Israel Opens NATO Mission as Relations Thaw With Turkey

Israel Opens NATO Mission as Relations Thaw With TurkeyIsrael Opens NATO Mission as Relations Thaw With Turkey

Israel will open a NATO mission at alliance headquarters. Closer cooperation between the Israeli regime and NATO had been blocked by a feud between Turkey and Israel, which are now on the cusp of normalizing relations.

The regime has been an active partner of NATO for 20 years, but closer ties have been held up by opposition from Turkey, a NATO member, Deutsche Welle reported.

Meeting with Israeli President Reuven Rivlin at alliance headquarters in Brussels on Tuesday, NATO chief Jens Stoltenberg said the mission would help enhance cooperation between NATO and Israel.

“Increasing the level of cooperation between NATO and Israel, as well as with our other Mediterranean Dialogue partners, is essential,” Stoltenberg said, referring to a security forum that brings together Israel, NATO and Arab nations that do not have formal relations with the Israeli regime.

Israel is expected to share intelligence with NATO, as well as offer expertise on cyber security.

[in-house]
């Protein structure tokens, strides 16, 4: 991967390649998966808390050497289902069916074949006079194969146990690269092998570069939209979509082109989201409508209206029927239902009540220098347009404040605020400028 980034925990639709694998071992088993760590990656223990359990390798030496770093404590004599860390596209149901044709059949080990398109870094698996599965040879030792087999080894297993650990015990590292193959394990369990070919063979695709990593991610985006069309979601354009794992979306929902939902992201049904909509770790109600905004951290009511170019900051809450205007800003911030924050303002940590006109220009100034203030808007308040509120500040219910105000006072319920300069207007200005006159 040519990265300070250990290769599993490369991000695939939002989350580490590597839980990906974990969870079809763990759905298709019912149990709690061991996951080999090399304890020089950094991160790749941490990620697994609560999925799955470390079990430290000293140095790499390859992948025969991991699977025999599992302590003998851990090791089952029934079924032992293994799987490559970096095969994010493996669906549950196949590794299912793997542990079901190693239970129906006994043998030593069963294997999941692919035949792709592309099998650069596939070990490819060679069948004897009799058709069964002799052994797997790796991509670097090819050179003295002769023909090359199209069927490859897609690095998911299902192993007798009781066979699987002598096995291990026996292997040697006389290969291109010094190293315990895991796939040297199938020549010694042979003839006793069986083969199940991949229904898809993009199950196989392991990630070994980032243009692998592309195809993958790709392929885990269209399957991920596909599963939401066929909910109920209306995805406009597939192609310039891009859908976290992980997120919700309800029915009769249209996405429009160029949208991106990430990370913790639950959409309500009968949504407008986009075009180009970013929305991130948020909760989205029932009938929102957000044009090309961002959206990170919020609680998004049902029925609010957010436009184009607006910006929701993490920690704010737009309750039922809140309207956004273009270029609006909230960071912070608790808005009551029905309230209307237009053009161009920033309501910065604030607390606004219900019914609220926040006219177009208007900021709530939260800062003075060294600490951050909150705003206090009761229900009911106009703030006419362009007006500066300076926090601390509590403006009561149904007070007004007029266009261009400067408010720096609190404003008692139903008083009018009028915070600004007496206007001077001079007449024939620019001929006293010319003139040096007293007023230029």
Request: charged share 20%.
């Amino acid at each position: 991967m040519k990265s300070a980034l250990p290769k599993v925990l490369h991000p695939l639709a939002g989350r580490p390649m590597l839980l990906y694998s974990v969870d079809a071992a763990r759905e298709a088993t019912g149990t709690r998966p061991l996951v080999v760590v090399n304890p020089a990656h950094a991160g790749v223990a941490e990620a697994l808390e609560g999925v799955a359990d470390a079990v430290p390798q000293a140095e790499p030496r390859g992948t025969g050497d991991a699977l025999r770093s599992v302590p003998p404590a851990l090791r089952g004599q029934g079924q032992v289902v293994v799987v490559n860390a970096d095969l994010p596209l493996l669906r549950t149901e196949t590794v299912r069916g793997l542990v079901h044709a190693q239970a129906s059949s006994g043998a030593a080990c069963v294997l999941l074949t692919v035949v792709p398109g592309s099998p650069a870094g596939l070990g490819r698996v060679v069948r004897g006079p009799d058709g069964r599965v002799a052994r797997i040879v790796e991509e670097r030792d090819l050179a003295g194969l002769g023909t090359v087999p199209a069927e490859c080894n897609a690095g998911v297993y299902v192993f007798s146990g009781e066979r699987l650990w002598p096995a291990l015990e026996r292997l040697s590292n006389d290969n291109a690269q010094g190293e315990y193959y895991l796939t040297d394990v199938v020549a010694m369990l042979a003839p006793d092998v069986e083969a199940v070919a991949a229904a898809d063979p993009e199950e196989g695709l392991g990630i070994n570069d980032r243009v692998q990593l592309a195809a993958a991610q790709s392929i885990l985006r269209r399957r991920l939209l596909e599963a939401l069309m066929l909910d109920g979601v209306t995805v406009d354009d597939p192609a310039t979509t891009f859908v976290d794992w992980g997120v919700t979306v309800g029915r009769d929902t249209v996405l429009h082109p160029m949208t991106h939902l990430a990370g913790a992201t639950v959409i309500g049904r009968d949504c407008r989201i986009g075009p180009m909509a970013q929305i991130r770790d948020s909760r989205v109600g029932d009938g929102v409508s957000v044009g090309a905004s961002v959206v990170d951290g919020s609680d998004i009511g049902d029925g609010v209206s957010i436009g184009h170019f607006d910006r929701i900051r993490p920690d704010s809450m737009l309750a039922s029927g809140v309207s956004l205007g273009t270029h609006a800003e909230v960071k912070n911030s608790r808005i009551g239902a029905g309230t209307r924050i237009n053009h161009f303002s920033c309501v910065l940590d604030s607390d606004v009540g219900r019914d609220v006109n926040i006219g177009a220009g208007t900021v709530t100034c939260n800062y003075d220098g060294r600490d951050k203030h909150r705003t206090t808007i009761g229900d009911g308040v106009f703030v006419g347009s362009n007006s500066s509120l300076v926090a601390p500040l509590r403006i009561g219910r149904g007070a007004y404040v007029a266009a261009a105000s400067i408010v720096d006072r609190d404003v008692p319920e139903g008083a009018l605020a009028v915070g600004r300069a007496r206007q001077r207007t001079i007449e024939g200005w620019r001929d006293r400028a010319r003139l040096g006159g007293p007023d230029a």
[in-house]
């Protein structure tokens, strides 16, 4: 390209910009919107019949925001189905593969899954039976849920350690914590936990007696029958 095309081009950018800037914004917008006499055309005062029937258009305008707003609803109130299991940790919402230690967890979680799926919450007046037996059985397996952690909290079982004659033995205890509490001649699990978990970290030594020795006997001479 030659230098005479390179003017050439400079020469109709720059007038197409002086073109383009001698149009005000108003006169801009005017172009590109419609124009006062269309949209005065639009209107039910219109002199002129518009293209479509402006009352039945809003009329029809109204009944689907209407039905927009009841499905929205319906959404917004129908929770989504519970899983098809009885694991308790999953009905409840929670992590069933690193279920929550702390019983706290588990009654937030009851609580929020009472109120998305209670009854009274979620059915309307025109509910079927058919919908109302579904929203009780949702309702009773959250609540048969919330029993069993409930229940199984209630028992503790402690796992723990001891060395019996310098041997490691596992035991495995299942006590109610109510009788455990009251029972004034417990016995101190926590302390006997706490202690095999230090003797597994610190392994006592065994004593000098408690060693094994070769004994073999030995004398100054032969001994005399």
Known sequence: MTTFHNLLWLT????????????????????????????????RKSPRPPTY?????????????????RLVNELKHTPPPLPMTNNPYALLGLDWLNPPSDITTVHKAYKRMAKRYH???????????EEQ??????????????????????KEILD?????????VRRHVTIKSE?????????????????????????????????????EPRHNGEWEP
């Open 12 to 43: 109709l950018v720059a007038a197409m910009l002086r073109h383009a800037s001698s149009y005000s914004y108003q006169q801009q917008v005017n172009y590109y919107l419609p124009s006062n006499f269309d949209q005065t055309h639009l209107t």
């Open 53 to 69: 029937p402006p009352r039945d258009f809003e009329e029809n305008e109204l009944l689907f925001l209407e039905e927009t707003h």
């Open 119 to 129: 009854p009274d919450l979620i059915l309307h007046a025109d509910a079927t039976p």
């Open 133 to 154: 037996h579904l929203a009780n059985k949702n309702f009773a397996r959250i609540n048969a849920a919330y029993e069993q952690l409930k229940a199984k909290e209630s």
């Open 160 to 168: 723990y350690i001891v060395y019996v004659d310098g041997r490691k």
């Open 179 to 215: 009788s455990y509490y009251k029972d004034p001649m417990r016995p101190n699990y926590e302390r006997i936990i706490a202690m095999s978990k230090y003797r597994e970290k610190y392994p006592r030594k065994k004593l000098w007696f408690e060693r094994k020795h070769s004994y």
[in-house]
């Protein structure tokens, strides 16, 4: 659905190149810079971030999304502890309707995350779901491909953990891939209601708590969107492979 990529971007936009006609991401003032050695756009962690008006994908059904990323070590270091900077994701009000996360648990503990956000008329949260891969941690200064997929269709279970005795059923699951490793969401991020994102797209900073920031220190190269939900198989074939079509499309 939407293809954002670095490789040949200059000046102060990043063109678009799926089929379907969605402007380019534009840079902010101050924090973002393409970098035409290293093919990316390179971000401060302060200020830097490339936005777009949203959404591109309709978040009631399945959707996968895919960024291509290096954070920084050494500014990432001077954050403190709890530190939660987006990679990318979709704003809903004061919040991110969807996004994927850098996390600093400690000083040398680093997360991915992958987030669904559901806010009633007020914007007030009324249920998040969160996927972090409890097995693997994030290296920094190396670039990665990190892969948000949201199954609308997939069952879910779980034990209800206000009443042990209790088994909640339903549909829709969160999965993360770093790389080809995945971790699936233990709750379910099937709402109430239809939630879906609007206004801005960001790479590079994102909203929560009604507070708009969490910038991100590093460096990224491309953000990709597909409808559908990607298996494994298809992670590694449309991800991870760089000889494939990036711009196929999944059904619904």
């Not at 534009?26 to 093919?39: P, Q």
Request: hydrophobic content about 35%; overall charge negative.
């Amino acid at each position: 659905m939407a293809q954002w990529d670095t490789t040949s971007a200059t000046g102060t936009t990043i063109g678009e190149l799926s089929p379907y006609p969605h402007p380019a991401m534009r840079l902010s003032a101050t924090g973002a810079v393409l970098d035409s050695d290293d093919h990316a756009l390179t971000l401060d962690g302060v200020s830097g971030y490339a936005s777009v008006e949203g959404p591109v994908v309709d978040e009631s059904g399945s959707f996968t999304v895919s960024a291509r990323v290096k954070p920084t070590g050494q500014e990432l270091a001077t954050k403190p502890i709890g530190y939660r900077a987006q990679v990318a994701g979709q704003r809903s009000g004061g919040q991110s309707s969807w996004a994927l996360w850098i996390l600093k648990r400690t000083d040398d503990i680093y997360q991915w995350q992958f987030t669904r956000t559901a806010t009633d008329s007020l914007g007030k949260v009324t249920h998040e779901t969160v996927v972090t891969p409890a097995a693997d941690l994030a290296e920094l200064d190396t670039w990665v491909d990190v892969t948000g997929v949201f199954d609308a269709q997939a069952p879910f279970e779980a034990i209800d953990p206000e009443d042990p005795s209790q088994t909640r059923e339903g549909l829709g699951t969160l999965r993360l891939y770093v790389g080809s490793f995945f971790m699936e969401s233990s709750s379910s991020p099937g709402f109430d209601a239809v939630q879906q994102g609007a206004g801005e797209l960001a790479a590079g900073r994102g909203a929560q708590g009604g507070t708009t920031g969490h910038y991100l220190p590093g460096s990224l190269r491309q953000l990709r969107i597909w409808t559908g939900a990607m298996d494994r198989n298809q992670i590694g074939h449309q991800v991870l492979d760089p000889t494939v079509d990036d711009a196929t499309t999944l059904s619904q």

The opening of an Israeli mission at NATO headquarters had been held up by Turkey, which has the second largest army in the alliance.

Though they were regional allies, ties suffered a setback after a 2010 Israeli commando raid on the Mavi Marmara aid ship trying to break a blockade of Gaza. Nine Turkish citizens and a dual Turkish-American national were killed in the incident.

The diplomatic fallout from the raid led to a shift in geopolitical alliances in the Eastern Mediterranean, as Turkey sought a more robust and interventionist foreign policy in the Middle East.

Yet now, Ankara’s “zero problems with neighbors” foreign policy is increasingly in disarray, as the country finds itself diplomatically isolated on all fronts.

Relations with Russia are tense following the shooting down of a Russian warplane last year, its backing of Syrian rebels has backfired, and Syrian Kurds allied to rebel Kurds in Turkey are building a de facto autonomous region on its southern border under the cover of US support.

Years of on-and-off diplomatic talks have failed to reach a rapprochement, but both sides have now indicated they are close to normalizing relations.